For all of the animal activists in the world, good news is coming down the scientific pipeline because human skins may soon replace the need for testing products on animals. In July of 2010, the Organization for Economic Cooperation and Development (OECD), which is an organization that sets the guidelines on chemical safety for the 32 countries that fall under the group’s membership, OECD three laboratory grown human skins that can replace the need for animal testing. If you are not already in the know, the primary use of animal testing in the chemicals arena is to ensure that the chemicals used in common householdRead More →

Imagine going to the supermarket to stock up on groceries but coming home empty-handed because you just couldn’t figure out how to work the shopping cart or figure out how to get to the ice cream tubs in the freezer aisle. Welcome to the life of a bumblebee. Gathering sweet nectar from flowers, it turns out, is much more difficult than one might think, and it requires a lengthy learning process. By the time a bee has figured out how to efficiently pry open the lips of a snapdragon flower, for example, most likely it has made dozens, if not hundreds, of floral visits. HowRead More →

The Turtle Bay Exploration Park and the SETI Institute in Mountain View are working with the Shasta County Board of Education to bring a new science center and planetarium to Turtle Bay. The Turtle Bat development director, Bev Stupek says they are excited to explore the option of bringing science education to the community. While the concept is still in the discussion phase, the director of special projects for SETI, Karen Randall says she is seeking approval to move the collaboration to the next stage from the SETI board of directors. Since all three of the agencies have similar missions, it makes sense that theRead More →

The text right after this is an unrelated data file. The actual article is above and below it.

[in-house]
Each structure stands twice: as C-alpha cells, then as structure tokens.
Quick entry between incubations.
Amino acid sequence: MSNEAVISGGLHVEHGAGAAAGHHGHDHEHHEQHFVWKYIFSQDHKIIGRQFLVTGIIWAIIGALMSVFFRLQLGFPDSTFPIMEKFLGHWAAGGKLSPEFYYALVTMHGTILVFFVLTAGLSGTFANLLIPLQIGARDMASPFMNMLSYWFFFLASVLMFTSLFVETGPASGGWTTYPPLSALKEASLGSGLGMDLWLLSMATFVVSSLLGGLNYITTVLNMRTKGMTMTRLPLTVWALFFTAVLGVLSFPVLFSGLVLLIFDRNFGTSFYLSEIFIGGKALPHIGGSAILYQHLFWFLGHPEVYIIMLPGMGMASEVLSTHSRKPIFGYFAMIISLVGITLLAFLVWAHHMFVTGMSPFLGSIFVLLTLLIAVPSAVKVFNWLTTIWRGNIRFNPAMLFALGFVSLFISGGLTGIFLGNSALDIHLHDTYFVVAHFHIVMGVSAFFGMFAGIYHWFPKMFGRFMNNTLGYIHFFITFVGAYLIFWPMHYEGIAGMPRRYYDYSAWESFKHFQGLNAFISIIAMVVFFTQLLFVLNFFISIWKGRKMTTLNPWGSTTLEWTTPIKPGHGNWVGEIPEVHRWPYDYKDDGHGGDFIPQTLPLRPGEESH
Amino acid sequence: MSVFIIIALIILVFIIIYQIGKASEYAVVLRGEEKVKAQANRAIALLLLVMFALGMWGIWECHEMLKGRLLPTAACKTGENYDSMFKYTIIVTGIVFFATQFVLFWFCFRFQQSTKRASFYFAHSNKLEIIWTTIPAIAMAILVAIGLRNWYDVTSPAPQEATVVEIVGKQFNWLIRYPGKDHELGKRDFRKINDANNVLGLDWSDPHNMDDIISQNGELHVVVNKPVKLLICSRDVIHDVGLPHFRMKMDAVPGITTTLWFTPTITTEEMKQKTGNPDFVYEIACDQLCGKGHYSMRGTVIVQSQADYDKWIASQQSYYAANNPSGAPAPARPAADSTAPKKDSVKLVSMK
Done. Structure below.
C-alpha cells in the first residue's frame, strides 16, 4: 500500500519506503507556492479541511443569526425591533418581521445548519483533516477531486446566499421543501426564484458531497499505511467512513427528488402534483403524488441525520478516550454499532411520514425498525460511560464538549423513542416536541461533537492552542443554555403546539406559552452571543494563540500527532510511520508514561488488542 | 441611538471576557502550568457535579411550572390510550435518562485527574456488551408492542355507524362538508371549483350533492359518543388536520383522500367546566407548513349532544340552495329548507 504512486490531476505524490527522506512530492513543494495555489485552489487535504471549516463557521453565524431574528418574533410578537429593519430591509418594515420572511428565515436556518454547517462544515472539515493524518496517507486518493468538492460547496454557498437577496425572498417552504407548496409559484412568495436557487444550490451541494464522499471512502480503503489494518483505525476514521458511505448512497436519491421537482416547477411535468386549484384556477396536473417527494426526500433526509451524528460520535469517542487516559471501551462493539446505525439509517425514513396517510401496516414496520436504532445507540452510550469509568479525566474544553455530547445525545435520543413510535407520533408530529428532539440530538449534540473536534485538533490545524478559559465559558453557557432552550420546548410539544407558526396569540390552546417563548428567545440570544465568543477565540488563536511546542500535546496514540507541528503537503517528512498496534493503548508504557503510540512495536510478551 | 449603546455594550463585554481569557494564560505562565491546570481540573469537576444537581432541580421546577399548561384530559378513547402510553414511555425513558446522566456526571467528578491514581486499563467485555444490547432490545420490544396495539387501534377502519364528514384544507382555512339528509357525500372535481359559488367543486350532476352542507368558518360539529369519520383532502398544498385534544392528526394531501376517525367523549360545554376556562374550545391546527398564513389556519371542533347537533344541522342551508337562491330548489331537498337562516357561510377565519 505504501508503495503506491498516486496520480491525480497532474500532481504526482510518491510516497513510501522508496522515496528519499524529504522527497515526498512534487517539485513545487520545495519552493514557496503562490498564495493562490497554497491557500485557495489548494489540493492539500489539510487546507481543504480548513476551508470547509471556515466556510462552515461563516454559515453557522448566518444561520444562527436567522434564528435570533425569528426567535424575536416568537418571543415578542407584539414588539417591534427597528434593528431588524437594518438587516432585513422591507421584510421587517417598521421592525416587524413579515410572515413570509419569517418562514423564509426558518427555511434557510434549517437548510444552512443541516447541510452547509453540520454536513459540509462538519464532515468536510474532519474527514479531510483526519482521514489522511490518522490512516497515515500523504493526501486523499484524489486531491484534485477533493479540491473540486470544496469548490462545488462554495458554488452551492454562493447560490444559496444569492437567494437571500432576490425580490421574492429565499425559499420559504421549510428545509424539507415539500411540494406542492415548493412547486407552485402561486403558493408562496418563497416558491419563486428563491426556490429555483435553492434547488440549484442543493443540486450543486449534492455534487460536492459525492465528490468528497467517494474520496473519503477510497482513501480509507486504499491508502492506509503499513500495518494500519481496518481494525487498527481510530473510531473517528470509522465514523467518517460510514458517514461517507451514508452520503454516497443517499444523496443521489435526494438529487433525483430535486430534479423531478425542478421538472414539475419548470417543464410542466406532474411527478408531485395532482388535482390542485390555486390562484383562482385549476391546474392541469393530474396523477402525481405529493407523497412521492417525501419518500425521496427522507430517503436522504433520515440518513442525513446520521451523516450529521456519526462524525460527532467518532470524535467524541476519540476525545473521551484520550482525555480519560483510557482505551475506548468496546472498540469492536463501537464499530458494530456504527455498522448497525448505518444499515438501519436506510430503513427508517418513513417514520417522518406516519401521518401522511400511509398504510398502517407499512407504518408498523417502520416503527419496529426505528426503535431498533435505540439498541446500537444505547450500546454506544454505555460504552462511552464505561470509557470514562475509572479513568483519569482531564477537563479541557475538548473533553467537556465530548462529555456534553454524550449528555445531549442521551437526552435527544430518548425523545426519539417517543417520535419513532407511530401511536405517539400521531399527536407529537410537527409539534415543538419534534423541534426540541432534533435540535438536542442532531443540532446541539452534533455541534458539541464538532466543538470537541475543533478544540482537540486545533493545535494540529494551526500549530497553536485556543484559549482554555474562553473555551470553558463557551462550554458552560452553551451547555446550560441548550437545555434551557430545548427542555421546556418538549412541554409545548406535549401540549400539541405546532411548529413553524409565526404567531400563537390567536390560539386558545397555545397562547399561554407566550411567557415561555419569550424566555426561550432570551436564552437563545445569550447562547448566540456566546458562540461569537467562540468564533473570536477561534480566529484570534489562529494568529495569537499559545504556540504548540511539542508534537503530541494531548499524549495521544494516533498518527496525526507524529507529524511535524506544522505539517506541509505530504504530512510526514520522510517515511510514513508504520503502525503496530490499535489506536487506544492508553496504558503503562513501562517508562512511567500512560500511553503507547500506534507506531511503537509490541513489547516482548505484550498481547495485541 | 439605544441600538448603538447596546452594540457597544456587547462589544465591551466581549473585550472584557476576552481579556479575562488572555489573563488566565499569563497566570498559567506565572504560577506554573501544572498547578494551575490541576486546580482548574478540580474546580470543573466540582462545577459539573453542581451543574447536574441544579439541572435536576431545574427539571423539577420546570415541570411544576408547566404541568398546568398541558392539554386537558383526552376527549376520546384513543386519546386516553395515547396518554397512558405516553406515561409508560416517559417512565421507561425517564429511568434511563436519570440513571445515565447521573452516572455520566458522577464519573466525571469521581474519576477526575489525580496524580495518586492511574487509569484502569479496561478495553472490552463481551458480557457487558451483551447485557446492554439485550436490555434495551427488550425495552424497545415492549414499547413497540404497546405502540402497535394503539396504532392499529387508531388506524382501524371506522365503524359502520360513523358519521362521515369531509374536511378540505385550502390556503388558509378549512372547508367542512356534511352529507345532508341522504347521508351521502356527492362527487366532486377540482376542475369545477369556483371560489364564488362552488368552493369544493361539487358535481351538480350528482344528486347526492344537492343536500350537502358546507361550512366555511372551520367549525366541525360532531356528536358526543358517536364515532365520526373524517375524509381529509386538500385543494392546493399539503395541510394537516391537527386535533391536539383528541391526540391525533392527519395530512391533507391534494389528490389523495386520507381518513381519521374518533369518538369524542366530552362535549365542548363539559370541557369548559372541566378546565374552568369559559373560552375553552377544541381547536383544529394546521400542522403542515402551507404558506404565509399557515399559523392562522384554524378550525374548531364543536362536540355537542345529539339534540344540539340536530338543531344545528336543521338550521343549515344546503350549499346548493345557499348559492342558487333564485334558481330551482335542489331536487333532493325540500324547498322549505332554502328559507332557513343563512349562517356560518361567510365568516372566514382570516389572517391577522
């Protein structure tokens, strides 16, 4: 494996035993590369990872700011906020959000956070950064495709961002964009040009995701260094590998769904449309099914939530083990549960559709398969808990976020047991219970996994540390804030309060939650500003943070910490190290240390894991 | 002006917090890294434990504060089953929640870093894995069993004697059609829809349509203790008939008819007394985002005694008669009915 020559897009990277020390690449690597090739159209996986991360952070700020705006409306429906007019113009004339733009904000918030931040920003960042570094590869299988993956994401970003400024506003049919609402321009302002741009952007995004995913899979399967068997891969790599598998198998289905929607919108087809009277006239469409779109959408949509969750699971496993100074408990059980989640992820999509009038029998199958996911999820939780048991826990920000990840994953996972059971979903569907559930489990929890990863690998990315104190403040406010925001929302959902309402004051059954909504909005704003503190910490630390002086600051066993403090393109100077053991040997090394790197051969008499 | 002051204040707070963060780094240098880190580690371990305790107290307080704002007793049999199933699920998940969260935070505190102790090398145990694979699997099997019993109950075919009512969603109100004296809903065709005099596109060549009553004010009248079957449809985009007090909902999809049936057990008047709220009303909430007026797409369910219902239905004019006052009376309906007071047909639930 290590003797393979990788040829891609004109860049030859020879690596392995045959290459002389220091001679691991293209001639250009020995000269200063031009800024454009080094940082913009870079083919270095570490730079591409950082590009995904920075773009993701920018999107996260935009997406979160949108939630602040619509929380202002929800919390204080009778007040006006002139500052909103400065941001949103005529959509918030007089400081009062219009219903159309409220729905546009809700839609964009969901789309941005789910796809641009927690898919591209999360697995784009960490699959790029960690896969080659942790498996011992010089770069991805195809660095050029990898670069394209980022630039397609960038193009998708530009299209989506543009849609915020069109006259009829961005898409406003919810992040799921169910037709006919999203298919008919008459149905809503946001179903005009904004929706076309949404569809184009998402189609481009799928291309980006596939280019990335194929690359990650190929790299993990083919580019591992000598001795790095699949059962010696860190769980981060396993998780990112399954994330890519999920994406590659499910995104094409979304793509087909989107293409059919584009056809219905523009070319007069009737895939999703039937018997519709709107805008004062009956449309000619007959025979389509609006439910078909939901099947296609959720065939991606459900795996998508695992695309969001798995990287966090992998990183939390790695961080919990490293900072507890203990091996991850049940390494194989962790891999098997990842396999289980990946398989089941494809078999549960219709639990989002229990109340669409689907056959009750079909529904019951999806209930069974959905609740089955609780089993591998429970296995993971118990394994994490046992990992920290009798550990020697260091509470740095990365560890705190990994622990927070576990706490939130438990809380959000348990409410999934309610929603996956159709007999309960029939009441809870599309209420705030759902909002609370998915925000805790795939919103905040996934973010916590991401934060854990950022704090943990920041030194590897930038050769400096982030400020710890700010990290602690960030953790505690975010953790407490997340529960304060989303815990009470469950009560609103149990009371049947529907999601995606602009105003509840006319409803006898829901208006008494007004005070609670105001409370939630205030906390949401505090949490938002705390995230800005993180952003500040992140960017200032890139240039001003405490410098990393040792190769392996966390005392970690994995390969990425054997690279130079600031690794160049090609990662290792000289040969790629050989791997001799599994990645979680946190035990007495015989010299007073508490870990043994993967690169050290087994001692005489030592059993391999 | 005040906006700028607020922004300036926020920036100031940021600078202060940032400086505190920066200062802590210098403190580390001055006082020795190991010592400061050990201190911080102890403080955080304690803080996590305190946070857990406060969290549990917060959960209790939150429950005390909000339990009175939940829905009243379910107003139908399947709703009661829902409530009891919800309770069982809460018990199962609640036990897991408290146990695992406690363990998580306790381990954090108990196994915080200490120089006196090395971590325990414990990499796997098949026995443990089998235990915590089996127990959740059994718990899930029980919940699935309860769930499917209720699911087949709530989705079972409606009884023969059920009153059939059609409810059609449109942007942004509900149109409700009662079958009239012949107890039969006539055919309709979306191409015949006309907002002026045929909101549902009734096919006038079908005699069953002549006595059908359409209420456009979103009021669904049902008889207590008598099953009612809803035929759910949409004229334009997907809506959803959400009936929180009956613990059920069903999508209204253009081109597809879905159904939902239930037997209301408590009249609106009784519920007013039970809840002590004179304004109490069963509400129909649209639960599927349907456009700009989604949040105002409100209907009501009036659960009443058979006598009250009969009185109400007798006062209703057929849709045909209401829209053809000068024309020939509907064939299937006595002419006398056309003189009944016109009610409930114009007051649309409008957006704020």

When Mark Martindale decided to trace the evolutionary origin of muscle cells, like the ones that form our hearts, he looked in an unlikely place: the genes of animals without hearts or muscles. In a new study published in the journal Proceedings of the National Academy of Sciences, the University of Florida scientist and colleagues found genes known to form hearts cells in humans and other animals in the gut of a muscle-less and heartless sea anemone. But the sea anemone isn’t just any sea creature. It has superpower-like abilities: Cut it into many pieces and each piece will regenerate into a new animal. SoRead More →

When male chimpanzees of the world’s largest known troop patrol the boundaries of their territory in Ngogo, Uganda, they walk silently in single file. Normally chimps are noisy creatures, but on patrol they’re hard-wired. They sniff the ground and stop to listen for sounds. Their cortisol and testosterone levels are jacked 25 percent higher than normal. Chances of contacting neighboring enemies are high: 30 percent. Ten percent of patrols result in violent fights where they hold victims down and bite, hit, kick and stomp them to death. The result? A large, safe territory rich with food, longer lives, and new females brought into the group.Read More →

Scientists, including Tina Weatherby with the University of Hawai‘i at Mānoa (UHM) School of Ocean and Earth Science and Technology (SOEST), published a study wherein they reconstructed the skin of endangered green turtles, marking the first time that skin of a non-mammal was successfully engineered in a laboratory. In turn, the scientists were able to grow a tumor-associated virus to better understand certain tumor diseases. In an international collaboration led by the U.S. Geological Survey, scientists engineered turtle skin in order to grow a virus called chelonid herpesvirus 5 or ChHV5. ChHV5 is associated with fibropapillomatosis, known as FP, a tumor disease affecting green turtles worldwideRead More →